I must admit I blurred out somewhere in there, and found myself gazing with deep concentration at a robin de-earthing a worm on the lawn outside. No, I tell a lie. It was a blue tit. Recondite discussions on the possibility of s3p3 versus sp3d2 orbitals are a bit beyond me. To tell the truth, I think they were a bit beyond Gaye and Uncle George too, but they're both good bluffers.
"If we can get deep bonding to work," mused Uncle George, "it will revolutionise all sorts of things."
Ever the optimist, Gaye said, "I don't see why it shouldn't. I'm not sure we should be starting with deep graphene, though. Wouldn't we get less steric hindrance in 3D?"
"You could be right," Uncle George admitted. "We could try for a deep diamond with a simple cubic lattice — six nearest neighbours again. Bond length about 0.1nm. Should be pretty hard and dense."
"Twenty tonnes per cubic metre," said Gaye, calculating with incredible rapidity. I blinked. Only later, when she laboriously explained it to me, did I realise that it was actually a rather fortuitously easy sum. Like one of those tricks Sherlock Holmes uses to show up Dr Watson. Sometimes I can understand how he felt. Dr Watson, I mean. Not Sherlock Holmes. I leave understanding Sherlock Holmes to Gaye. And Uncle George, I suppose.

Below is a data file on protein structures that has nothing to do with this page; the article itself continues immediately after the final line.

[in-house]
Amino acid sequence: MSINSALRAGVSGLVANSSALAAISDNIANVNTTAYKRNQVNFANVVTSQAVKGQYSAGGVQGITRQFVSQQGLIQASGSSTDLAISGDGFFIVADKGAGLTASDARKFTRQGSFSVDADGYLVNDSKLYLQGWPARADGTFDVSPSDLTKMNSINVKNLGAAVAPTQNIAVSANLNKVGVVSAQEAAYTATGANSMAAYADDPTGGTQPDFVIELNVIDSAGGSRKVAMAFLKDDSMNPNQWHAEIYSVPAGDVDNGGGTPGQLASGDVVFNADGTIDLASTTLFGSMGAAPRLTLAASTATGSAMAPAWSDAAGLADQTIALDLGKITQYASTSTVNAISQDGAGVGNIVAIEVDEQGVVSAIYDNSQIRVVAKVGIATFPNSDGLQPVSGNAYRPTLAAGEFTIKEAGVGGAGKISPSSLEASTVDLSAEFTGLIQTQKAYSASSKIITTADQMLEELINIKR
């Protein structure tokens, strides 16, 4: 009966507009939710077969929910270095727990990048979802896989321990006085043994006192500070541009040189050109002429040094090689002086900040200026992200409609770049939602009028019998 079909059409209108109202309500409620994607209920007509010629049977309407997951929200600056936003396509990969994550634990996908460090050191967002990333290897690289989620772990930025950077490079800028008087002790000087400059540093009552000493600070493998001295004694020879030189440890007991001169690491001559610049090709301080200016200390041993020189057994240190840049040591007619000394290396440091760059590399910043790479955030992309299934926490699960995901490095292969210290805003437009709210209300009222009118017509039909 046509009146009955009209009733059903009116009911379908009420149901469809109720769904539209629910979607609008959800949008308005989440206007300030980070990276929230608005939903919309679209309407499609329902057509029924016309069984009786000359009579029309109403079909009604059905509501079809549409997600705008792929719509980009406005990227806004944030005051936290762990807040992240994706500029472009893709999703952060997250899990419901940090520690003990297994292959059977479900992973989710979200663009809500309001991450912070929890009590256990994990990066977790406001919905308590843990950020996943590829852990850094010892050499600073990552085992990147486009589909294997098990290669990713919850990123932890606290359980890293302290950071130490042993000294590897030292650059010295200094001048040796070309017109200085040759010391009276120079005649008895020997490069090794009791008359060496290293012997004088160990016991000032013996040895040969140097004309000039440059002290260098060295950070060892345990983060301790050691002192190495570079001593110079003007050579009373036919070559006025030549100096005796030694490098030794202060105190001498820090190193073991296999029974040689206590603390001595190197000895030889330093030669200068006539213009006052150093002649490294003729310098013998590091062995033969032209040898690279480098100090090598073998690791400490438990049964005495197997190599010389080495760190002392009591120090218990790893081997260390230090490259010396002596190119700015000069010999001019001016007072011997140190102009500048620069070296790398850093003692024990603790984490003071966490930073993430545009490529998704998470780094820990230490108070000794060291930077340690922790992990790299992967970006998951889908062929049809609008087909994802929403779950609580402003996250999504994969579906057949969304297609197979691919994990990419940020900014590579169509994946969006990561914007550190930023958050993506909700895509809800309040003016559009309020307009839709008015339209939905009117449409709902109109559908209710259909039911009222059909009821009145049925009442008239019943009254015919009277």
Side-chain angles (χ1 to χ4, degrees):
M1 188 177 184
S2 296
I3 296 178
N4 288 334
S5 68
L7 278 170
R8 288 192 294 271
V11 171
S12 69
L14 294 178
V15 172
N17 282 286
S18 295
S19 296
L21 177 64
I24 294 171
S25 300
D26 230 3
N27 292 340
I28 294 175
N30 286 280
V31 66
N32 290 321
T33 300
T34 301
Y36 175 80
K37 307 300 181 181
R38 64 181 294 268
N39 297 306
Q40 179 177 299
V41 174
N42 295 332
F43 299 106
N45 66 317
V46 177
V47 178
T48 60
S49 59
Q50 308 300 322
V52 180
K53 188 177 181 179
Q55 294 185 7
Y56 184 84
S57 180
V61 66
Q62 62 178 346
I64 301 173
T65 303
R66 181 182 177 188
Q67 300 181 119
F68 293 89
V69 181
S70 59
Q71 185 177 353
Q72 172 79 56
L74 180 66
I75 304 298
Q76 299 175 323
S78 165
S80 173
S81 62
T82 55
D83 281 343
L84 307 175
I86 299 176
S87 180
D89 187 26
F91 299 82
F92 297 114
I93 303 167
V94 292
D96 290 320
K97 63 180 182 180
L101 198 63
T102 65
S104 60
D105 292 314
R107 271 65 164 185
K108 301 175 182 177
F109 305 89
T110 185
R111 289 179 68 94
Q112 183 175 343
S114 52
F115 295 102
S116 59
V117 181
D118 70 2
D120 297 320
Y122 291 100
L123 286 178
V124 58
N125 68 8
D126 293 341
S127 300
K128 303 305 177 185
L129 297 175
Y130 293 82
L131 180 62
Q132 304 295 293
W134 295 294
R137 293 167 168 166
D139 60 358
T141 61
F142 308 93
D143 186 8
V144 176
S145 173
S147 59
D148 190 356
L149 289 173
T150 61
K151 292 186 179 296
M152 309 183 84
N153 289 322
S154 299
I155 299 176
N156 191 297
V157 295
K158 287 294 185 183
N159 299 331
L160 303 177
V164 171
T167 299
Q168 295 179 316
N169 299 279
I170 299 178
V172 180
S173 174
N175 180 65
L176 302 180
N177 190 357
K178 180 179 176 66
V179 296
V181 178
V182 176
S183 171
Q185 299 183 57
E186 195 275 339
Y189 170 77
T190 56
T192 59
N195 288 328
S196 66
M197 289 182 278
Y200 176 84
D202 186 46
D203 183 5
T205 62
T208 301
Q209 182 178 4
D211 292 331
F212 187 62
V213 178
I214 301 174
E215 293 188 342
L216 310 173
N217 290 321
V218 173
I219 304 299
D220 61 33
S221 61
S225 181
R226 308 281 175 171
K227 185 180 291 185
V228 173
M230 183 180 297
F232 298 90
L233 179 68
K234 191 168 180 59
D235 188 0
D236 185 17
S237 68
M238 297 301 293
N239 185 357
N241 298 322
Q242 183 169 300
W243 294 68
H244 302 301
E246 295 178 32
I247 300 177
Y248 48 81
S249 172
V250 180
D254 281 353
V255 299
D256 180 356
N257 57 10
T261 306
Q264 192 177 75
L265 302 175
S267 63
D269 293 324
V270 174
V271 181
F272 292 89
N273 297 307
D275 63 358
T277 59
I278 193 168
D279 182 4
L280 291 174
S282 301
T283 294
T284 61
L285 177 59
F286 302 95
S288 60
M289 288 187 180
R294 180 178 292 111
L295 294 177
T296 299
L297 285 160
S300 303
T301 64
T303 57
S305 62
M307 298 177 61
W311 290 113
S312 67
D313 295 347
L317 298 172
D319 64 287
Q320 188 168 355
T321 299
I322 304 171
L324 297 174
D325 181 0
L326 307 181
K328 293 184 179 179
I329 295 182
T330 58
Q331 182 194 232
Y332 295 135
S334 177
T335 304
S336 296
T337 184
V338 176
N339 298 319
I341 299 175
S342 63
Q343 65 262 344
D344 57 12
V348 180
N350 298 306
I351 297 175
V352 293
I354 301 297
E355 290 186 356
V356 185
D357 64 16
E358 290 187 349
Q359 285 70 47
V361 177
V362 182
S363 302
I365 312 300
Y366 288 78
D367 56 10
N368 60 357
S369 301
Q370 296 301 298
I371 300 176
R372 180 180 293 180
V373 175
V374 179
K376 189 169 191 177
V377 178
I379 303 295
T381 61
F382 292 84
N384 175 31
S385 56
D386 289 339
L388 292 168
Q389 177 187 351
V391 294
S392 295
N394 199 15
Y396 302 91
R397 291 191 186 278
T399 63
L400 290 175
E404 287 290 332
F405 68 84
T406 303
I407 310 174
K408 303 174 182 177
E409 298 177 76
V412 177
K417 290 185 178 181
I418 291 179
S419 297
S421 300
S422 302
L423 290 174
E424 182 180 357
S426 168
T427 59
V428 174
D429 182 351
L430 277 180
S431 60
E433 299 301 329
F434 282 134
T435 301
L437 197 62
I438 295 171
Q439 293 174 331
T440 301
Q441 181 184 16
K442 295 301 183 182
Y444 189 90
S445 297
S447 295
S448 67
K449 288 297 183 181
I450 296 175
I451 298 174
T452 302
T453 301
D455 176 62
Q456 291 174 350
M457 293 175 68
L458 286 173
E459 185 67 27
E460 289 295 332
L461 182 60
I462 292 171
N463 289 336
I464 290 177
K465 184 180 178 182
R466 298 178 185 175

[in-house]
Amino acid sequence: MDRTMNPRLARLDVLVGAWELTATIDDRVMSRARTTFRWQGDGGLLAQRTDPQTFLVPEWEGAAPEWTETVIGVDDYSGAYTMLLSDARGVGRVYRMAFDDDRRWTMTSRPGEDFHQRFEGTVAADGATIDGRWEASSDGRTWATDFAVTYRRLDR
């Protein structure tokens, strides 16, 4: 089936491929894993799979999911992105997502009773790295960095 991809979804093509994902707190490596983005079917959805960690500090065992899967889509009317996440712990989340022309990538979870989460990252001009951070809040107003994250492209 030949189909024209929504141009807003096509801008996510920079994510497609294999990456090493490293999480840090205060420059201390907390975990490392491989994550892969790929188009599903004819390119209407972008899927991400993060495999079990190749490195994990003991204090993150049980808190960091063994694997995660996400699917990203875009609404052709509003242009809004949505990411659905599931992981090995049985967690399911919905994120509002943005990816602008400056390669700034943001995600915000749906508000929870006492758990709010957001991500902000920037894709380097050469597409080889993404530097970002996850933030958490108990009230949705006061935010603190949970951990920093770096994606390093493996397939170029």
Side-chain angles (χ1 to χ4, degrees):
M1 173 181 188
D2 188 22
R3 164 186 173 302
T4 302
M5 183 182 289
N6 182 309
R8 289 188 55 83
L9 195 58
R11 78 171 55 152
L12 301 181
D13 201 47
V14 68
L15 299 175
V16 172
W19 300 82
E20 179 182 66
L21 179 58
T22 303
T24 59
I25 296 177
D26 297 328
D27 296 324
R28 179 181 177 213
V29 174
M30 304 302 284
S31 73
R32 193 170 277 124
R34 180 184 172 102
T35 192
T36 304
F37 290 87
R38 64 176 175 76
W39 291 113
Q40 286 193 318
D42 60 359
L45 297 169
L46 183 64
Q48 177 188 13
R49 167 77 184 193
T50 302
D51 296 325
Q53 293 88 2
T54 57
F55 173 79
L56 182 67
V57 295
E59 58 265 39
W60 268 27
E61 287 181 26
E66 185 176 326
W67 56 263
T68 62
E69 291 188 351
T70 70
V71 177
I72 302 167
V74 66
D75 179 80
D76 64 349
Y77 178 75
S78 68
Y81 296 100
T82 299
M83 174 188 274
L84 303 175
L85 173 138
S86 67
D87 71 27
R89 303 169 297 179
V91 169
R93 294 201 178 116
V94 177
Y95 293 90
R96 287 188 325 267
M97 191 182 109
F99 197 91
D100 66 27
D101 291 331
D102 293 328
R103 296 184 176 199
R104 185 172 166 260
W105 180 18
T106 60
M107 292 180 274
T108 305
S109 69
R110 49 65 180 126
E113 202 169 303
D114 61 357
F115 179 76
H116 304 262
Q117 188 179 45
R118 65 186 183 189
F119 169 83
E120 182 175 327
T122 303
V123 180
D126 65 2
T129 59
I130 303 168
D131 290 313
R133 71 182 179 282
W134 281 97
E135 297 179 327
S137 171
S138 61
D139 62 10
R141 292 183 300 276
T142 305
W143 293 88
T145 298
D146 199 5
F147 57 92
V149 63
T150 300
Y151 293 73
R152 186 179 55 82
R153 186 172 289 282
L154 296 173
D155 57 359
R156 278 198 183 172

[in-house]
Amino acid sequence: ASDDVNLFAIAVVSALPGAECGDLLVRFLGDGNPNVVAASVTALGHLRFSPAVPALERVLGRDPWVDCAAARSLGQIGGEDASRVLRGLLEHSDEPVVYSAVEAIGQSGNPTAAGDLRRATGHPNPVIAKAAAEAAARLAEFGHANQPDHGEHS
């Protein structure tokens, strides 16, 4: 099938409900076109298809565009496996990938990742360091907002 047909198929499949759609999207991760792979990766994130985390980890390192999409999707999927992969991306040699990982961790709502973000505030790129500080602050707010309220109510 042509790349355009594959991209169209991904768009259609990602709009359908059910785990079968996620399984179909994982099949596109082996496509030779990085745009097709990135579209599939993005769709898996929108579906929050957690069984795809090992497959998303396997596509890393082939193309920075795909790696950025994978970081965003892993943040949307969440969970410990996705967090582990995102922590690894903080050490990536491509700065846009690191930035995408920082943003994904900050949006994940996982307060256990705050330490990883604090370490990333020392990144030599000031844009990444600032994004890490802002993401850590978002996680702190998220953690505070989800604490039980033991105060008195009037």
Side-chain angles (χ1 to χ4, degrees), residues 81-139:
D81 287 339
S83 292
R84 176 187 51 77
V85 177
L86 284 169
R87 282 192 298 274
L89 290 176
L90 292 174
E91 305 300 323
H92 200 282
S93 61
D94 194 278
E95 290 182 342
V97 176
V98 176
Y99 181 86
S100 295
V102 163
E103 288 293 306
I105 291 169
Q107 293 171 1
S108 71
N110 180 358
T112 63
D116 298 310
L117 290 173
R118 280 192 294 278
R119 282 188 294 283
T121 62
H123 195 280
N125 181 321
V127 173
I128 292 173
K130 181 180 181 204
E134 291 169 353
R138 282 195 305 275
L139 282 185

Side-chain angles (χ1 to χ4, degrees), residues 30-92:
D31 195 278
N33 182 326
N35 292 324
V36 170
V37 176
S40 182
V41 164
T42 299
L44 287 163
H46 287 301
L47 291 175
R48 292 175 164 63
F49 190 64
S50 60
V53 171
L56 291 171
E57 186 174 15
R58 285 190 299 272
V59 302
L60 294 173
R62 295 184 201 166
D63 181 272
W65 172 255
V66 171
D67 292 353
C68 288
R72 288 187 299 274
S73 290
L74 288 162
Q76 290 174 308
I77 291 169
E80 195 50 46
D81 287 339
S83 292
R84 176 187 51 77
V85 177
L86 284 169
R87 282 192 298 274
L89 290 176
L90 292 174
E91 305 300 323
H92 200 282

"Or two interpenetrating cubic lattices," he said. "Nearly twice as dense, probably."
The trouble with this story is that there doesn't seem to be much of a story. Sorry about that. It was never going to be on a par with Greek tragedy — thank heavens — but I suppose a Dick Francis or Captain W. E. Johns could have done better. It's all so technical. But then, in the real world, some things are. That's life.
When my teacher asked me to tell the story of the discovery of deep bonding I thought it would be easy. After all, I was there. But she wanted me to tell it without using words like electrons and orbitals, and that's plain impossible. It's like gardening without plants. Or Formula One racing without cars or gears.